• COLD/WINDY Think Arctic, snowy conditions – towards the north and sole poles – where heating is required to be comfortable with air-tight and well-insulated buildings. An example of this is the Mongolian Yurt –  a lightweight frame, 8 layers of insulated fabric to cover, with a hole at top to let smoke out from the internal fire.Of course the other classic example is the heavily insulated thick ice-walls of an igloo.
  • TEMPERATE That’s us here in Victoria! Generally considered mild temperatures rather than extremes, but will also require winter heating and some summer cooling to be comfortable. We need to BALANCE strategies so we can be comfortable all year round!

There are many examples of primitive and vernacular homes that were perfect in responding to their climate. Here in Australia, our indigenous people were nomadic – relocating with the seasons to so they could take advantage of the best weather, so we don’t have one specific building typology that works best. That’s why most of us live in ‘wooden-tents’ which are essentially have not improved all that much since the English settlers arrived here over 200 years ago! According to the National Construction Code, we have 8 distinct climate zones (as shown in the map below).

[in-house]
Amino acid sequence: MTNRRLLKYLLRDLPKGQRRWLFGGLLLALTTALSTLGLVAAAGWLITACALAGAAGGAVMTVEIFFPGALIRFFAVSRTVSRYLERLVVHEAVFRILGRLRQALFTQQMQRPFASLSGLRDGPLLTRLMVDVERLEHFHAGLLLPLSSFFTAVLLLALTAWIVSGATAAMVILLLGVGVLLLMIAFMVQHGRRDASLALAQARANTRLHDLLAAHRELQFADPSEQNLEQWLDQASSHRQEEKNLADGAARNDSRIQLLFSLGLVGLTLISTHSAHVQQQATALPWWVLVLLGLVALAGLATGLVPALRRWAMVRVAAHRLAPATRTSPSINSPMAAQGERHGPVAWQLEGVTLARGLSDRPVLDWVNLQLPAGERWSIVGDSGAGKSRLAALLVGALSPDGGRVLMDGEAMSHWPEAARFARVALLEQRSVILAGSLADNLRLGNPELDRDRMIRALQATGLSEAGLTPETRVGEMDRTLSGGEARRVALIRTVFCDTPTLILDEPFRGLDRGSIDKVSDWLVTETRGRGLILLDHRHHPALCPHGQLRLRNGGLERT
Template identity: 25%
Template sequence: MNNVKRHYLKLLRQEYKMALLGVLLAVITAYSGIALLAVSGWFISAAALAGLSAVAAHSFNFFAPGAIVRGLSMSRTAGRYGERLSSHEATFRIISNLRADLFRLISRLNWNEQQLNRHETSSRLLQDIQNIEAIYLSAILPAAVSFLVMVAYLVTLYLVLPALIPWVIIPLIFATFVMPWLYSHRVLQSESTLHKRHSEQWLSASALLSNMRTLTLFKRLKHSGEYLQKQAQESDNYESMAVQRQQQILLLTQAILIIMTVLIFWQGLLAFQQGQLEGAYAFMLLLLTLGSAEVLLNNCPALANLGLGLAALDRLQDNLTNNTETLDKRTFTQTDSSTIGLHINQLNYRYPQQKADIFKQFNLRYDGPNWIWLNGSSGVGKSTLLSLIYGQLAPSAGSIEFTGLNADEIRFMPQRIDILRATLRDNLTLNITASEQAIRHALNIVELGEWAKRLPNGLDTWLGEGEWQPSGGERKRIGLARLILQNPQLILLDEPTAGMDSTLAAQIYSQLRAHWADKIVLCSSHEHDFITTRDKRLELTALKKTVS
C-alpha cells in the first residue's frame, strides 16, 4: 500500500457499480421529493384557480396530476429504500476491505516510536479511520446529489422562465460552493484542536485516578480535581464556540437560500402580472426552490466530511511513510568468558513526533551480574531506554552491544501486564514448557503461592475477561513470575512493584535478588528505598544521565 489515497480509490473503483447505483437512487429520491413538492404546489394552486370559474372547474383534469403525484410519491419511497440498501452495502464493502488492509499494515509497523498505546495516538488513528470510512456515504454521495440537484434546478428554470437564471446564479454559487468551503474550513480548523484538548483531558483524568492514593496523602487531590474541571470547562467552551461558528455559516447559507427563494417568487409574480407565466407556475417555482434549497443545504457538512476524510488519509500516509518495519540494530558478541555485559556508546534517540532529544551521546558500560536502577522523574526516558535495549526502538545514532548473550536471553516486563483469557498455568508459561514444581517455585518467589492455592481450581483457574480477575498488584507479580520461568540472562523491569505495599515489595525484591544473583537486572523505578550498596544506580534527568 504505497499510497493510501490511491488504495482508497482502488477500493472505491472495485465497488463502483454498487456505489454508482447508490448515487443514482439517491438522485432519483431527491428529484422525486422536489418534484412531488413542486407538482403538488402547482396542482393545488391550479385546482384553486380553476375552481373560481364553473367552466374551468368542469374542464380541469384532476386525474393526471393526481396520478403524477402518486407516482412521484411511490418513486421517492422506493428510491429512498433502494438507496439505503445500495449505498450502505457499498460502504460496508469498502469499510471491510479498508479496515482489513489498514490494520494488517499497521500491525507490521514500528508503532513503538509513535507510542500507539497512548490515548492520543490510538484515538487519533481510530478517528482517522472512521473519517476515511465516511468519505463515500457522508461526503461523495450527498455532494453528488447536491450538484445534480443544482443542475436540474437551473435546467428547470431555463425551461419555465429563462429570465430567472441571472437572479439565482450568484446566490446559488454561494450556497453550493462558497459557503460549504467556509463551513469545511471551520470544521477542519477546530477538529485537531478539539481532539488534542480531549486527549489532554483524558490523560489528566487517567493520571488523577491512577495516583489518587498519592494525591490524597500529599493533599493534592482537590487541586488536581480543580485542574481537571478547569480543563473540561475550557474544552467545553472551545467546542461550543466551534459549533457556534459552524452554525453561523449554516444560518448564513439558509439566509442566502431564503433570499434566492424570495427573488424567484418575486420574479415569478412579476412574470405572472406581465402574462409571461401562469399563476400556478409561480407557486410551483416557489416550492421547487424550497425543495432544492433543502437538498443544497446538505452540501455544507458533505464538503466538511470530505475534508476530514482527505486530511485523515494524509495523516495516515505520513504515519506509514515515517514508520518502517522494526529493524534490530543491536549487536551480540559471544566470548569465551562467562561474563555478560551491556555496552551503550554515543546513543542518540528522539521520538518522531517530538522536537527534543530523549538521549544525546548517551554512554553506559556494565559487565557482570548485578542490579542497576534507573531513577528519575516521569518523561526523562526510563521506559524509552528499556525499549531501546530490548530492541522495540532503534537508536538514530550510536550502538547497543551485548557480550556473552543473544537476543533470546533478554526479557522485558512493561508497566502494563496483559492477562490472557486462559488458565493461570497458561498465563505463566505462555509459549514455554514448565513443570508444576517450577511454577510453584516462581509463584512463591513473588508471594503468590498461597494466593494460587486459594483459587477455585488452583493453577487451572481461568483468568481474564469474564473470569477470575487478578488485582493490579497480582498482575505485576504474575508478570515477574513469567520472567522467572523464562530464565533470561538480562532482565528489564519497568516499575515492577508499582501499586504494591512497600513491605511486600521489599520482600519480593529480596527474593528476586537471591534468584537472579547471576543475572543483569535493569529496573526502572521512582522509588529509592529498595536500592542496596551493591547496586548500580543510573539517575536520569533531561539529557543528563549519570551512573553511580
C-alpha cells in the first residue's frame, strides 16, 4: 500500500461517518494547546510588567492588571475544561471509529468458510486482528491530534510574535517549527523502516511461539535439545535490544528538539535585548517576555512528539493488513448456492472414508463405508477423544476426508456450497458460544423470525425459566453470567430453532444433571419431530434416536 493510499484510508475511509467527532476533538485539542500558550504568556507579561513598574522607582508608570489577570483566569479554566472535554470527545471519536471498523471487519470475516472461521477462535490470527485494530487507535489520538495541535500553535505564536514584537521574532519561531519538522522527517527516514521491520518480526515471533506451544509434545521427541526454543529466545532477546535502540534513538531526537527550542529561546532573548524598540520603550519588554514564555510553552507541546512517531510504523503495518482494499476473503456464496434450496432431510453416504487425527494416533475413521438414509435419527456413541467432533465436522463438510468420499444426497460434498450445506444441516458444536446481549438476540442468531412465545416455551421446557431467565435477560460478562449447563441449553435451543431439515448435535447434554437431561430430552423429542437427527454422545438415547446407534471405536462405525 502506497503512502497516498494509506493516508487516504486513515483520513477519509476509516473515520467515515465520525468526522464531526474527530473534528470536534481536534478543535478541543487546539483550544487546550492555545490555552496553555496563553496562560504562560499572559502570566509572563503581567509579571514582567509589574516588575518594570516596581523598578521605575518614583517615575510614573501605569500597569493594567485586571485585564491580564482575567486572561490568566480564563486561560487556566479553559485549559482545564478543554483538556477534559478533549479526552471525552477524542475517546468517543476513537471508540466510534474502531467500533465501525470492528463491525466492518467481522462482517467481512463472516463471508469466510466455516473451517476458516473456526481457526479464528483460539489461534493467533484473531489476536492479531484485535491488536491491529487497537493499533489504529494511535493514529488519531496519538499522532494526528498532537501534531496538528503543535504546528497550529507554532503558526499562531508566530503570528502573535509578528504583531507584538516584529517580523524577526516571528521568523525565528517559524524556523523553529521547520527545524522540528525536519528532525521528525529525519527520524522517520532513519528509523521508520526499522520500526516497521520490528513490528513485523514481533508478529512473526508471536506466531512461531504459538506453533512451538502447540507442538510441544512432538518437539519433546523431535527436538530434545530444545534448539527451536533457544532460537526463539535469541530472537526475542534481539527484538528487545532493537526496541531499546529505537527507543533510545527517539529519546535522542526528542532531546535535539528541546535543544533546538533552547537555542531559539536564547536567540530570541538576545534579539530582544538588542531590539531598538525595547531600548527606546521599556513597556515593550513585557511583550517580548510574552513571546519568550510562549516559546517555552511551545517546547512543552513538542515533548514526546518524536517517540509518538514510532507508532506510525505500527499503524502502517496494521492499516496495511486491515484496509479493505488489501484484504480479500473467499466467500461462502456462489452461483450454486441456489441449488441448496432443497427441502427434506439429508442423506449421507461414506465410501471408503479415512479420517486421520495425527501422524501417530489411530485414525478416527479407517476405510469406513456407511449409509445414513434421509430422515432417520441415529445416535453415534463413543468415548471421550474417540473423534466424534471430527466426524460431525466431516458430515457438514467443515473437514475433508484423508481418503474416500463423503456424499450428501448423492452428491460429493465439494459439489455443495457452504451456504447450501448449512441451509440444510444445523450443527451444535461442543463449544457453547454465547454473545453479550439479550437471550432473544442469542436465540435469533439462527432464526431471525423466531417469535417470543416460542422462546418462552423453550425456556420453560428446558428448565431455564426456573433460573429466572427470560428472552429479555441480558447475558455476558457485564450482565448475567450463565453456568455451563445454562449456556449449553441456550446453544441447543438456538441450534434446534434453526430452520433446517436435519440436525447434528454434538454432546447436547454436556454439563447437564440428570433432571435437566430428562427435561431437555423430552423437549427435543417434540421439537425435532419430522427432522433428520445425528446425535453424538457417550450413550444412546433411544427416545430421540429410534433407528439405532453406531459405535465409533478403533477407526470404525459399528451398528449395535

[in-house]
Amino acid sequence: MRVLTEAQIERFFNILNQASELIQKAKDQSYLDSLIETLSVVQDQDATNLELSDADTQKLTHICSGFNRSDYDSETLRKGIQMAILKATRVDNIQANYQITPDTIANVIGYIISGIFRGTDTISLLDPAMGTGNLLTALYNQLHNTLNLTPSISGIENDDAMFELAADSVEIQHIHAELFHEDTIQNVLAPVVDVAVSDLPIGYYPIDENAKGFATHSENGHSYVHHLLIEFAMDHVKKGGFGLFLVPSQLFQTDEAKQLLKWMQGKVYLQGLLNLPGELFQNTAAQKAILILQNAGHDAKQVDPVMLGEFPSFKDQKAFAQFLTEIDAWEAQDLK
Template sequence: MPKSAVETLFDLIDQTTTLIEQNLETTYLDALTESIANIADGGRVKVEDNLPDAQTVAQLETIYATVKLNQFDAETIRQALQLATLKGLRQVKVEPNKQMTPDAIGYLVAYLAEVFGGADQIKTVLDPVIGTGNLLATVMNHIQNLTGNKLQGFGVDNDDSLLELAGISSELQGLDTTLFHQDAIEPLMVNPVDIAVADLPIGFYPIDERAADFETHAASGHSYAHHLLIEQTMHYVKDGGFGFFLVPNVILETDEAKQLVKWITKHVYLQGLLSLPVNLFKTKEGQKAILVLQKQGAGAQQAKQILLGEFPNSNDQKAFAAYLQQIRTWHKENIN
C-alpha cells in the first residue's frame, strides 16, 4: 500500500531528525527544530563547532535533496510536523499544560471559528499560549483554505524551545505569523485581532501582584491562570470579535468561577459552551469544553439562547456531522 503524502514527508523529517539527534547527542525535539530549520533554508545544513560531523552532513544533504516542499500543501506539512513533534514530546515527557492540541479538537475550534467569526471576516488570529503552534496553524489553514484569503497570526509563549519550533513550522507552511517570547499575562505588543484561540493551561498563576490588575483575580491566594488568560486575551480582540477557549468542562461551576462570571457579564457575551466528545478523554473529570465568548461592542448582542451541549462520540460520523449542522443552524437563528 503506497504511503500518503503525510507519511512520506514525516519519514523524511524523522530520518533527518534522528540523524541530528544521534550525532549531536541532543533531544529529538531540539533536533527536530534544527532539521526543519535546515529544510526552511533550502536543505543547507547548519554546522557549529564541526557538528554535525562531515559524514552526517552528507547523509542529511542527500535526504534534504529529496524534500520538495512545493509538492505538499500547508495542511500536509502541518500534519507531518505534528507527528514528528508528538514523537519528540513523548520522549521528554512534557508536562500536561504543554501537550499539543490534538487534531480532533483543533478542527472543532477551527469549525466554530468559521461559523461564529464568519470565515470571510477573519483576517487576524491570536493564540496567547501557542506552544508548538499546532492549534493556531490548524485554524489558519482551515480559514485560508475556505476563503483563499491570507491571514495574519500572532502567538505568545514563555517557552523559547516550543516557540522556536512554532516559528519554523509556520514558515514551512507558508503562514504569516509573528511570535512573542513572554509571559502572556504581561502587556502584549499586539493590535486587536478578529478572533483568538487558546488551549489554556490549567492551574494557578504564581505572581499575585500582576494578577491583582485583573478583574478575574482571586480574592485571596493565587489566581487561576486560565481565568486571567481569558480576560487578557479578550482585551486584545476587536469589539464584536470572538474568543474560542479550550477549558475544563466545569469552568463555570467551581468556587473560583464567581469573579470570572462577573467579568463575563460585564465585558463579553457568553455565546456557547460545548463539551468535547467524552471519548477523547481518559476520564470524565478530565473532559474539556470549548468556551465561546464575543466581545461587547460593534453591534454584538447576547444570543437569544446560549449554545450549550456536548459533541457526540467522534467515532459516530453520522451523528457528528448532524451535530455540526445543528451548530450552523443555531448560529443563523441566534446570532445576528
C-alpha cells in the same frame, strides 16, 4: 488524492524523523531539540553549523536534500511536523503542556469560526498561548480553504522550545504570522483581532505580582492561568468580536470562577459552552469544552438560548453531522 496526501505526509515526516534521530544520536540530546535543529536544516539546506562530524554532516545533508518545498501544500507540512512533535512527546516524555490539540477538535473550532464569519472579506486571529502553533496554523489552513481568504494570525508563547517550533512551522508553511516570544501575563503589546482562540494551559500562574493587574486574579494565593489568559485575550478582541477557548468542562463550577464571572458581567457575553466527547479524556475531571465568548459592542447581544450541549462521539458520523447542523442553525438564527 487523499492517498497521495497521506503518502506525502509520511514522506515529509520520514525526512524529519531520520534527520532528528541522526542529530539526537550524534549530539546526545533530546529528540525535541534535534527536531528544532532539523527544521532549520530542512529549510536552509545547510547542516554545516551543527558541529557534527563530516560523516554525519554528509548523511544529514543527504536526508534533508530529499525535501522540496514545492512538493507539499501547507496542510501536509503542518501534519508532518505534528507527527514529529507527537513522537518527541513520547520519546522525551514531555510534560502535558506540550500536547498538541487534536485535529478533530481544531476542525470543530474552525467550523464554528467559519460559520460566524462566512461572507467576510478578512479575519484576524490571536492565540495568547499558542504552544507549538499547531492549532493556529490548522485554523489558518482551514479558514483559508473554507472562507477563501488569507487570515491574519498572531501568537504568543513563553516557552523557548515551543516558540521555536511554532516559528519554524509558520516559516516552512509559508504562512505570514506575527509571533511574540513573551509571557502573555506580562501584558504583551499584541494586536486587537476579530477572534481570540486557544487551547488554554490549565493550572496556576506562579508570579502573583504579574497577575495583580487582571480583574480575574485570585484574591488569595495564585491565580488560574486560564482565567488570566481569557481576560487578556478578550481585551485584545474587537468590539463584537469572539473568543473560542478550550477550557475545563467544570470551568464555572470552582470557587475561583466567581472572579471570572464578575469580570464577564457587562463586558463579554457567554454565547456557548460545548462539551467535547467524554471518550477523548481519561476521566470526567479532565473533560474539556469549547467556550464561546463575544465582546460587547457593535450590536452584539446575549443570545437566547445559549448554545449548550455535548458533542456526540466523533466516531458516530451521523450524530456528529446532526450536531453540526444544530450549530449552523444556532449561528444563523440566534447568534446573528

Talina Edwards Architecture Building or renovating a green eco sustainable energy efficient home house in Ballarat Daylesford Hepburn Trentham Blackwood Buninyong Creswick Clunes Need an architect designer drafting plans builder advice help

Australia’s 8 climate zones (from The National Construction Code)

  • Climate zone 1 – High humidity summer, warm winter
  • Climate zone 2 – Warm humid summer, mild winter
  • Climate zone 3 – Hot dry summer, warm winter
  • Climate zone 4 – Hot dry summer, cool winter
  • Climate zone 5 – Warm temperate
  • Climate zone 6 – Mild temperate
  • Climate zone 7 – Cool temperate (Ballarat!)
  • Climate zone 8 – Alpine